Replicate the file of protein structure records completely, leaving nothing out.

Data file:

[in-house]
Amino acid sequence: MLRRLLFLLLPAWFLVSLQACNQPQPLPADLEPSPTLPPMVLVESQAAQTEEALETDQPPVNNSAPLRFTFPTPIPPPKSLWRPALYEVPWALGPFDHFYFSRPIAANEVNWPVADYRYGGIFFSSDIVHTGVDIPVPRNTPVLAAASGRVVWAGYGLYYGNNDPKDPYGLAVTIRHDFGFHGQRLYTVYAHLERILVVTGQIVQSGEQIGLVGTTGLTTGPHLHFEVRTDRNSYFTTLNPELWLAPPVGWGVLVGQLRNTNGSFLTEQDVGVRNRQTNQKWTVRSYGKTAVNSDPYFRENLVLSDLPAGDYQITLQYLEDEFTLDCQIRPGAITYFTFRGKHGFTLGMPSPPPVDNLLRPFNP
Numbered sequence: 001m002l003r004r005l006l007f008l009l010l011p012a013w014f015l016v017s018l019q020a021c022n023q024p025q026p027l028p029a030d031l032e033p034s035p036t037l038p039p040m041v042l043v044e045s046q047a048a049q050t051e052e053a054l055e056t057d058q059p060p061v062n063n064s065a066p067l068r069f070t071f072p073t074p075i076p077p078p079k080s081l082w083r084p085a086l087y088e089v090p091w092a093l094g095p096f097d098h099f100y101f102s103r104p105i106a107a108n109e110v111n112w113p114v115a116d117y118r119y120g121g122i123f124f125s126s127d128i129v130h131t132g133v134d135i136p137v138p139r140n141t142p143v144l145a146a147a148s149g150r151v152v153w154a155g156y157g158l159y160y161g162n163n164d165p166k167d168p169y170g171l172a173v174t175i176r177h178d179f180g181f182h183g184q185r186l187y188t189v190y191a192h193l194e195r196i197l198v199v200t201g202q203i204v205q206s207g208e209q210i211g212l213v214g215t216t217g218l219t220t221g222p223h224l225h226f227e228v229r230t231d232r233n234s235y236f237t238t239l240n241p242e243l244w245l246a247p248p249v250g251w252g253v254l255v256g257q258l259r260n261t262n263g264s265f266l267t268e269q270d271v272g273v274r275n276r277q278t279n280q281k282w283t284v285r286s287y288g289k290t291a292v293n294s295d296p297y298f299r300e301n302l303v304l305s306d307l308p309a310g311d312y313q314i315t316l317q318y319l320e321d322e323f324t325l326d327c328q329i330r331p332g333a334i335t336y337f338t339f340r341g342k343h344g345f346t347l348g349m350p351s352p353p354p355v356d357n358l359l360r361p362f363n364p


[in-house]
Amino acid sequence: MLRRLLFLLLPAWFLVSLQACNQPQPLPADLEPSPTLPPMVLVESQAAQTEEALETDQPPVNNSAPLRFTFPTPIPPPKSLWRPALYEVPWALGPFDHFYFSRPIAANEVNWPVADYRYGGIFFSSDIVHTGVDIPVPRNTPVLAAASGRVVWAGYGLYYGNNDPKDPYGLAVTIRHDFGFHGQRLYTVYAHLERILVVTGQIVQSGEQIGLVGTTGLTTGPHLHFEVRTDRNSYFTTLNPELWLAPPVGWGVLVGQLRNTNGSFLTEQDVGVRNRQTNQKWTVRSYGKTAVNSDPYFRENLVLSDLPAGDYQITLQYLEDEFTLDCQIRPGAITYFTFRGKHGFTLGMPSPPPVDNLLRPFNP
Numbered sequence: 001m002l003r004r005l006l007f008l009l010l011p012a013w014f015l016v017s018l019q020a021c022n023q024p025q026p027l028p029a030d031l032e033p034s035p036t037l038p039p040m041v042l043v044e045s046q047a048a049q050t051e052e053a054l055e056t057d058q059p060p061v062n063n064s065a066p067l068r069f070t071f072p073t074p075i076p077p078p079k080s081l082w083r084p085a086l087y088e089v090p091w092a093l094g095p096f097d098h099f100y101f102s103r104p105i106a107a108n109e110v111n112w113p114v115a116d117y118r119y120g121g122i123f124f125s126s127d128i129v130h131t132g133v134d135i136p137v138p139r140n141t142p143v144l145a146a147a148s149g150r151v152v153w154a155g156y157g158l159y160y161g162n163n164d165p166k167d168p169y170g171l172a173v174t175i176r177h178d179f180g181f182h183g184q185r186l187y188t189v190y191a192h193l194e195r196i197l198v199v200t201g202q203i204v205q206s207g208e209q210i211g212l213v214g215t216t217g218l219t220t221g222p223h224l225h226f227e228v229r230t231d232r233n234s235y236f237t238t239l240n241p242e243l244w245l246a247p248p249v250g251w252g253v254l255v256g257q258l259r260n261t262n263g264s265f266l267t268e269q270d271v272g273v274r275n276r277q278t279n280q281k282w283t284v285r286s287y288g289k290t291a292v293n294s295d296p297y298f299r300e301n302l303v304l305s306d307l308p309a310g311d312y313q314i315t316l317q318y319l320e321d322e323f324t325l326d327c328q329i330r331p332g333a334i335t336y337f338t339f340r341g342k343h344g345f346t347l348g349m350p351s352p353p354p355v356d357n358l359l360r361p362f363n364p